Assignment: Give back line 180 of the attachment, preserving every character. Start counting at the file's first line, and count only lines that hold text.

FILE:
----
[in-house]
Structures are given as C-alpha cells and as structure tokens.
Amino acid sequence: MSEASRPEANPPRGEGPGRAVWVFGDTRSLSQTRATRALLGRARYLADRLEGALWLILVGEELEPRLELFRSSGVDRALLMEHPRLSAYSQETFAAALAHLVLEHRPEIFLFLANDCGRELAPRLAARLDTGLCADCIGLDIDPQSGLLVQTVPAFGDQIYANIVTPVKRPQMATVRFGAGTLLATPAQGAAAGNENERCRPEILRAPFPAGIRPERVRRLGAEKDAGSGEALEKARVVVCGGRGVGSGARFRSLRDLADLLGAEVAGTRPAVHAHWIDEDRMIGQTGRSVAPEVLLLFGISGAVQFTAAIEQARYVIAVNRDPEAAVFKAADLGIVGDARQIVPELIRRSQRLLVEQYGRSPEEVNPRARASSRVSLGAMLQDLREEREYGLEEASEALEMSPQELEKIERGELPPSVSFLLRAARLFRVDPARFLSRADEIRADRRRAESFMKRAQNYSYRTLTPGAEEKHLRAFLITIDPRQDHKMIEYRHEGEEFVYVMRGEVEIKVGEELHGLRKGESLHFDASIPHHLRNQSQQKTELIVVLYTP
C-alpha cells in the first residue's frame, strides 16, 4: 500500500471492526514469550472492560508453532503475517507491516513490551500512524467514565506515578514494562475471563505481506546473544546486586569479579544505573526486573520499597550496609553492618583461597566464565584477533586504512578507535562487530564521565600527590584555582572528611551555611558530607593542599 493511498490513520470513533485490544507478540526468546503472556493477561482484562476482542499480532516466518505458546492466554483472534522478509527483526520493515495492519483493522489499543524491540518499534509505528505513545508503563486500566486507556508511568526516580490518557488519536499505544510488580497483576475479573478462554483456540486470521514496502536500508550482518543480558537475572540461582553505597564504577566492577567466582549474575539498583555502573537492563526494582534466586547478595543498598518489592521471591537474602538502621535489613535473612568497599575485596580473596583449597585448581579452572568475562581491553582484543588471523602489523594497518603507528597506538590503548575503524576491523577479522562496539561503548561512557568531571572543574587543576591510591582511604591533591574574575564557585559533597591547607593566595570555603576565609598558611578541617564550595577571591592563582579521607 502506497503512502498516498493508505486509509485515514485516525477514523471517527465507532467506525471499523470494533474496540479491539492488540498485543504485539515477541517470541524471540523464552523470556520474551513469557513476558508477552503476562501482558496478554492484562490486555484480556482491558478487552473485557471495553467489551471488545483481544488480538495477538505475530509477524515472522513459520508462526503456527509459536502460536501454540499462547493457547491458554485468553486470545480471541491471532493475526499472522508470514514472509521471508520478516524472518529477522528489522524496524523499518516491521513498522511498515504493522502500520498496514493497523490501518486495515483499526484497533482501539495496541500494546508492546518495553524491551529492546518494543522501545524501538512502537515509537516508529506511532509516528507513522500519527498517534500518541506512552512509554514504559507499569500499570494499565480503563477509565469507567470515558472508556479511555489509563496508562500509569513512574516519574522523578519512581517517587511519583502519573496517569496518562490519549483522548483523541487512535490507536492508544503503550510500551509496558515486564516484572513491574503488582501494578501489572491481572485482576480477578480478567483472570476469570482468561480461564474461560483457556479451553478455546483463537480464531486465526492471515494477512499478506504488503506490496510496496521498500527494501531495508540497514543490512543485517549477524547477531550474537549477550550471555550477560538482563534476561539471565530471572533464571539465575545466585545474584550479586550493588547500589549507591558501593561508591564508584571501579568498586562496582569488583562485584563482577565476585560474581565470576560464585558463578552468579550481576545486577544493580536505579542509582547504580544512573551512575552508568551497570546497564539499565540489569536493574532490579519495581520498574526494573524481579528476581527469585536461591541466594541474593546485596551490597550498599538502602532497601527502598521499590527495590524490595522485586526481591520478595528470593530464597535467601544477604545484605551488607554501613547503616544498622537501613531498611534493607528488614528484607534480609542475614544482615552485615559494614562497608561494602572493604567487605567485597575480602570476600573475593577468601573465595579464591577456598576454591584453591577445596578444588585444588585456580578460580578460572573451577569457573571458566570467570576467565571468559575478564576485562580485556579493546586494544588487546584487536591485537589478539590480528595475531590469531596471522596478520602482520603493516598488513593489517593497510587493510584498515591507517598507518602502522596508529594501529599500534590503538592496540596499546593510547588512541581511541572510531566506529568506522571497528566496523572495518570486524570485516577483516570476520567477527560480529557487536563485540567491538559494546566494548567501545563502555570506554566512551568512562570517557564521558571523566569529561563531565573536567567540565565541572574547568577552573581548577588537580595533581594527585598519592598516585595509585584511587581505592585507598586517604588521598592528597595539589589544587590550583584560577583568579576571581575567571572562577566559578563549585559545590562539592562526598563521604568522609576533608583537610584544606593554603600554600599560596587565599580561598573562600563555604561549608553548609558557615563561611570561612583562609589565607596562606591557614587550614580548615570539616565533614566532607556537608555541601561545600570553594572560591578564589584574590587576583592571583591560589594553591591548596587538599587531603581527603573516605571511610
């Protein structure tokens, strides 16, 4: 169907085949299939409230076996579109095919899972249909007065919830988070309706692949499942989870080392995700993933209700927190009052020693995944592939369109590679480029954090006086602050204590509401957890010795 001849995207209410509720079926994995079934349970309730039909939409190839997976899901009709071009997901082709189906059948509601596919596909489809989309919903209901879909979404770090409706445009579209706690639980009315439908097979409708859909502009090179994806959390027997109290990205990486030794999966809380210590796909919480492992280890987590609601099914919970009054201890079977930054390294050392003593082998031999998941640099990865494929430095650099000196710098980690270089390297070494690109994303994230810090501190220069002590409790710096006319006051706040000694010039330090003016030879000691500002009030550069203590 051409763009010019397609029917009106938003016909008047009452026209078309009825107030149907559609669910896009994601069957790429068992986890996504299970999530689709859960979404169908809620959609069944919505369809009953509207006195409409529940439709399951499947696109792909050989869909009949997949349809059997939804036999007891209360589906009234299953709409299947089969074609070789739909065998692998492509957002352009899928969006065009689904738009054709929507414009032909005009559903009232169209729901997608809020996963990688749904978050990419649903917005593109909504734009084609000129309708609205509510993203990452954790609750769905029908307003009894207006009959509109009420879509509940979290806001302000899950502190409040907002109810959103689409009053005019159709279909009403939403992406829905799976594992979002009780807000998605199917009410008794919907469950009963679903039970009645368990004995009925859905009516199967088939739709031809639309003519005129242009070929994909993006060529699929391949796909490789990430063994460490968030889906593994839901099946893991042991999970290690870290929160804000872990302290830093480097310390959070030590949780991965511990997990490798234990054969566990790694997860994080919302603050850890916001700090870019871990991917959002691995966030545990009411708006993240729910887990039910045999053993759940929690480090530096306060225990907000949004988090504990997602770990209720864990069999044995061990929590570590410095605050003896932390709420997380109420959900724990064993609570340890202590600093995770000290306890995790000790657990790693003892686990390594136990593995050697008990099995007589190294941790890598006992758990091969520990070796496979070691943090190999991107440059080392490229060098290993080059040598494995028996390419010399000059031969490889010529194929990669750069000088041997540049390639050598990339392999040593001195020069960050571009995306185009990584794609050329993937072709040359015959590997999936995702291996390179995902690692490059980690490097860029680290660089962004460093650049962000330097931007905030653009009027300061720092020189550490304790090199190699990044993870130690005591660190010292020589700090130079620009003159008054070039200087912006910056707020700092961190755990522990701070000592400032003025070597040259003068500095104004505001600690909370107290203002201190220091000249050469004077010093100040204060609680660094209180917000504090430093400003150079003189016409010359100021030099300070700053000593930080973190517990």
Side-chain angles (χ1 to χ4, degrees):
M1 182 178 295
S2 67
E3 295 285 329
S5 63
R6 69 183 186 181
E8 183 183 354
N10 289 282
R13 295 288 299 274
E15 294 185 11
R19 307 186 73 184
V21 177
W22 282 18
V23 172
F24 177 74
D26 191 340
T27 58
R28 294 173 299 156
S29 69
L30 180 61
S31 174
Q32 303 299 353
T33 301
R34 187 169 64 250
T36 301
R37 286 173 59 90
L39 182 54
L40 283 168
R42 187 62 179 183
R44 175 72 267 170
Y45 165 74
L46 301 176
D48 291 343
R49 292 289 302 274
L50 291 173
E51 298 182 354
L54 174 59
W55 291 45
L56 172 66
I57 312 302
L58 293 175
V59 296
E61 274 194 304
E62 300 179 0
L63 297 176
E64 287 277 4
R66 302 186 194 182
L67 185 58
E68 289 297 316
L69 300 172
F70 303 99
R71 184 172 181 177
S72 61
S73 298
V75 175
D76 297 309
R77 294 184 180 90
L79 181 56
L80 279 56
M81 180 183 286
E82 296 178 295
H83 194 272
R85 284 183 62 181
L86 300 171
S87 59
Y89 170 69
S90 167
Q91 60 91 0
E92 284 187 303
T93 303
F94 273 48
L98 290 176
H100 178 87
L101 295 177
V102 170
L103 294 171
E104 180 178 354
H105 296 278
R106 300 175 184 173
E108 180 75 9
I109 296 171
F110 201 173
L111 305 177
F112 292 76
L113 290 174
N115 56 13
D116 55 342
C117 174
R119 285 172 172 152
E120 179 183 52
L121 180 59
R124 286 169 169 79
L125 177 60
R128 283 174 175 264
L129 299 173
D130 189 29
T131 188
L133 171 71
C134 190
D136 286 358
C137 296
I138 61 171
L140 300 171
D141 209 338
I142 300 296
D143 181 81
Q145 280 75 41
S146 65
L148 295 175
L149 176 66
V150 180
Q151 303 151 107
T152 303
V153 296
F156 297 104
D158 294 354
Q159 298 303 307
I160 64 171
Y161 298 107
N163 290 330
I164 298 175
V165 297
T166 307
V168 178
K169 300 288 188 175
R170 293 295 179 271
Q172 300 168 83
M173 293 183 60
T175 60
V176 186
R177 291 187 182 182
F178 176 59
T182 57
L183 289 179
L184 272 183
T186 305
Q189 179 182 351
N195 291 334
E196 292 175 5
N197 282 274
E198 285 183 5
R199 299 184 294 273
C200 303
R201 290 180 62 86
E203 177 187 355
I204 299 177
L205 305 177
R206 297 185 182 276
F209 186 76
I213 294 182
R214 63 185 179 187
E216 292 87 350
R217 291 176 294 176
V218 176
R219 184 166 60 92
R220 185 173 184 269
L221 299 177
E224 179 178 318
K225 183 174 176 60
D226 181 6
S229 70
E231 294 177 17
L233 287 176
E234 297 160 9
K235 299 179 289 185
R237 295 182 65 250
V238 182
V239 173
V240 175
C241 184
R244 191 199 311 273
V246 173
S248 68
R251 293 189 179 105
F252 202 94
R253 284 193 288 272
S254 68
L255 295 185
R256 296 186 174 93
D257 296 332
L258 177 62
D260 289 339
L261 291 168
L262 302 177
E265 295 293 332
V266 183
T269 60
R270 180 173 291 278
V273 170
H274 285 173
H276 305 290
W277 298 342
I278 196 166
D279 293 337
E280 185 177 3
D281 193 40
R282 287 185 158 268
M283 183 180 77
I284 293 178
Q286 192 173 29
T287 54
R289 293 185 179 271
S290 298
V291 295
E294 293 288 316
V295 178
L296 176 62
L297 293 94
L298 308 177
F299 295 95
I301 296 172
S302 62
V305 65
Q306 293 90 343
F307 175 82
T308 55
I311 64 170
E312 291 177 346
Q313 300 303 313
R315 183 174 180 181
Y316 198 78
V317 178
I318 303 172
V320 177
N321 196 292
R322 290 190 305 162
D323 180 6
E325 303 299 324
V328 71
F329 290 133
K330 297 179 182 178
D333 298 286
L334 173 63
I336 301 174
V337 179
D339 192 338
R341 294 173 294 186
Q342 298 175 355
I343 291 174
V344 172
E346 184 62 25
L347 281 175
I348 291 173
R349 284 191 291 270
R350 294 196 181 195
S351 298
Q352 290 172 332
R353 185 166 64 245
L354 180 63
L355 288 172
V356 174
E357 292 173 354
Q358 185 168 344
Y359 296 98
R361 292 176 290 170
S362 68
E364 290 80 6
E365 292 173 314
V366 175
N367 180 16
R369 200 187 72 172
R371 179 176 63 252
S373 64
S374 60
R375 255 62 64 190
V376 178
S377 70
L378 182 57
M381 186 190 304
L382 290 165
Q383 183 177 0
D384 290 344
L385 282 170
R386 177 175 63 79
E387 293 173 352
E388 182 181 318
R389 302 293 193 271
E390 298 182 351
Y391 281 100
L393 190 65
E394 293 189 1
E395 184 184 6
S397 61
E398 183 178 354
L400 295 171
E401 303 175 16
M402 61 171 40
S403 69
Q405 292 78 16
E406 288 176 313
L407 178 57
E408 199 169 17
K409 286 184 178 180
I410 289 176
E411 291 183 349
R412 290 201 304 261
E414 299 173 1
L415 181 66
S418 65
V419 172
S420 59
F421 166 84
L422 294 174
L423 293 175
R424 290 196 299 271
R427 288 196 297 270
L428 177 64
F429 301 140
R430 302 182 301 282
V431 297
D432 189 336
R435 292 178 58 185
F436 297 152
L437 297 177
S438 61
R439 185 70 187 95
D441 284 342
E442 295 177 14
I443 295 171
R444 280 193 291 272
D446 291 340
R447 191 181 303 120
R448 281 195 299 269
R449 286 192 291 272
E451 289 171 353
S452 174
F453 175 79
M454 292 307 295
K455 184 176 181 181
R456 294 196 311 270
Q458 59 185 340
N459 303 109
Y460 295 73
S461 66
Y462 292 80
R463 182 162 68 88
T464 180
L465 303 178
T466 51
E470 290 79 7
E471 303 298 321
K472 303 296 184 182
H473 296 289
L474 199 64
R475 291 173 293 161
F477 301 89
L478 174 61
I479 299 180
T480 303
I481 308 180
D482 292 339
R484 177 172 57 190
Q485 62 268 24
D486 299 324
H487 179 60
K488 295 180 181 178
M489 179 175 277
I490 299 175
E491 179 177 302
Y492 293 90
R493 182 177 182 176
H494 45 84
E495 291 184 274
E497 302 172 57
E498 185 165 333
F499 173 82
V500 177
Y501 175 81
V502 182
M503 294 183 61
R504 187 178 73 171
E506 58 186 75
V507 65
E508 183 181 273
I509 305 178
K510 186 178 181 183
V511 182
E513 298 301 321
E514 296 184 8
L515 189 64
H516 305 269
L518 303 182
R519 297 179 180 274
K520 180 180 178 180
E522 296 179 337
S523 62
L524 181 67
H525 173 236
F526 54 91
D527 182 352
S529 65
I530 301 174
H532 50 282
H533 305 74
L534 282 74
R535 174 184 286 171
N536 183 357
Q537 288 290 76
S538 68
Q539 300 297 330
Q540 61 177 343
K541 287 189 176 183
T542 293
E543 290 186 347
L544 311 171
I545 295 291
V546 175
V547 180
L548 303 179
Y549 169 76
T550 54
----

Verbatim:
F252 202 94